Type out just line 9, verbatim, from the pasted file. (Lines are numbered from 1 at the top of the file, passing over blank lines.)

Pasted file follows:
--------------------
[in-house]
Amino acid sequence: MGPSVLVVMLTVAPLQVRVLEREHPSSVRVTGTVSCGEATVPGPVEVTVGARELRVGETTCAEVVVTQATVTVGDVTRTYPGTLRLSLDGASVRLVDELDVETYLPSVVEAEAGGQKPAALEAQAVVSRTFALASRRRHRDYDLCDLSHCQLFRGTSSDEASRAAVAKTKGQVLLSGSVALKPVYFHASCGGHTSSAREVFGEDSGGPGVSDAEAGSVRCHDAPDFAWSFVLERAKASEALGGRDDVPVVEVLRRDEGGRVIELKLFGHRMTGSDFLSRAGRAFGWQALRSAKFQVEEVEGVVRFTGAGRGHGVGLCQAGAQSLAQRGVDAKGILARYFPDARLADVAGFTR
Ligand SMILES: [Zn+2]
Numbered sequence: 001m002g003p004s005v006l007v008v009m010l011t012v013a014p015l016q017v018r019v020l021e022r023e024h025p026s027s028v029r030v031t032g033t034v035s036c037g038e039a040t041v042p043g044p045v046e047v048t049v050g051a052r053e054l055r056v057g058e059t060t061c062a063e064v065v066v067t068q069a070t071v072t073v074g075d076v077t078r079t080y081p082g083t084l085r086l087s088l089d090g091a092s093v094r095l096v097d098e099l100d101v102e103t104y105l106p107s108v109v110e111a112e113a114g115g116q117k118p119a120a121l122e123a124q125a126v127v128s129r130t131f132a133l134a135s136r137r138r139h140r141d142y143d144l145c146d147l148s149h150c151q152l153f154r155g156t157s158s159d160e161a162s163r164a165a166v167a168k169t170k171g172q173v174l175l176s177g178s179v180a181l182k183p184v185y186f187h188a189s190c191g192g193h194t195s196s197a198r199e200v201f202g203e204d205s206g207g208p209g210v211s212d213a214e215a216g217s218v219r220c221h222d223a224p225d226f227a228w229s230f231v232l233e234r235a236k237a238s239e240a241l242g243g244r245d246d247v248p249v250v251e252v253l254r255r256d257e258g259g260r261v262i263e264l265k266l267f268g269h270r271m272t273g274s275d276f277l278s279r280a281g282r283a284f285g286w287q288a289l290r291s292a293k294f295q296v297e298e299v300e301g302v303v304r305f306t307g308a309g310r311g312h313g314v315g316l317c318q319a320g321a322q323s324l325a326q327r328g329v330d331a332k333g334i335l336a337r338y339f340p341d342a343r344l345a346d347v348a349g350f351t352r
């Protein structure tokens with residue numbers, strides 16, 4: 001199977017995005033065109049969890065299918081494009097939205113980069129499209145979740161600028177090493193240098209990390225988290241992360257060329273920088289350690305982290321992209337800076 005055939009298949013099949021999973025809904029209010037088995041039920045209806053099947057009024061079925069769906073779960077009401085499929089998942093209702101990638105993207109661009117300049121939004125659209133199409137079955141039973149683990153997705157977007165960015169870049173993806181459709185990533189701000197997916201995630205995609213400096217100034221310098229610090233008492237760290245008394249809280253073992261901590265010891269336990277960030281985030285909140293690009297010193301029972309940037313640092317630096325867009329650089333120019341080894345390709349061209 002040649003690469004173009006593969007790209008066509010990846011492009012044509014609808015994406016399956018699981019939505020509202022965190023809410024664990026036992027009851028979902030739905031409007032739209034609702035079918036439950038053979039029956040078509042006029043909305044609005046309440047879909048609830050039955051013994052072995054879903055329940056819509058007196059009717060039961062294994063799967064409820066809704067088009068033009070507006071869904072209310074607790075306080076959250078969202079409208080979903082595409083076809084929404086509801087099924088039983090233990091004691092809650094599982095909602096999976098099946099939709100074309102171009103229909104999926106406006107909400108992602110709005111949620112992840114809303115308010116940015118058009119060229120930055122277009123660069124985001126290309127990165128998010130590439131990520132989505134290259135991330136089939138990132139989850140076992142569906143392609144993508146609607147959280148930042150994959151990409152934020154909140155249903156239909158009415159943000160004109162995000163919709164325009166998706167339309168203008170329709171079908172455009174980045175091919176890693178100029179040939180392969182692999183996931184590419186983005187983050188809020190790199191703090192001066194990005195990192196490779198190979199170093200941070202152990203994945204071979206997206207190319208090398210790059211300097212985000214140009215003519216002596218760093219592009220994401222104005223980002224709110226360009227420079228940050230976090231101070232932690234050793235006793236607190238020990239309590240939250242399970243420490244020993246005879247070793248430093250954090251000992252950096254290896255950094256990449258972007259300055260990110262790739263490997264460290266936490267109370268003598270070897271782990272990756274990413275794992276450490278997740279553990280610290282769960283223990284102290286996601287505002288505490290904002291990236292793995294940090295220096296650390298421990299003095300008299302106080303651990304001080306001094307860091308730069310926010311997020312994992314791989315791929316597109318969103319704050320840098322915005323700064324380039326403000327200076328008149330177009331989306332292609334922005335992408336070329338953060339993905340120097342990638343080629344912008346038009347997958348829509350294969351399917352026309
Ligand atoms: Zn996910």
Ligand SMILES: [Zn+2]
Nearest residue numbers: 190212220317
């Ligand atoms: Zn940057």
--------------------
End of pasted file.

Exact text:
């Ligand atoms: Zn940057």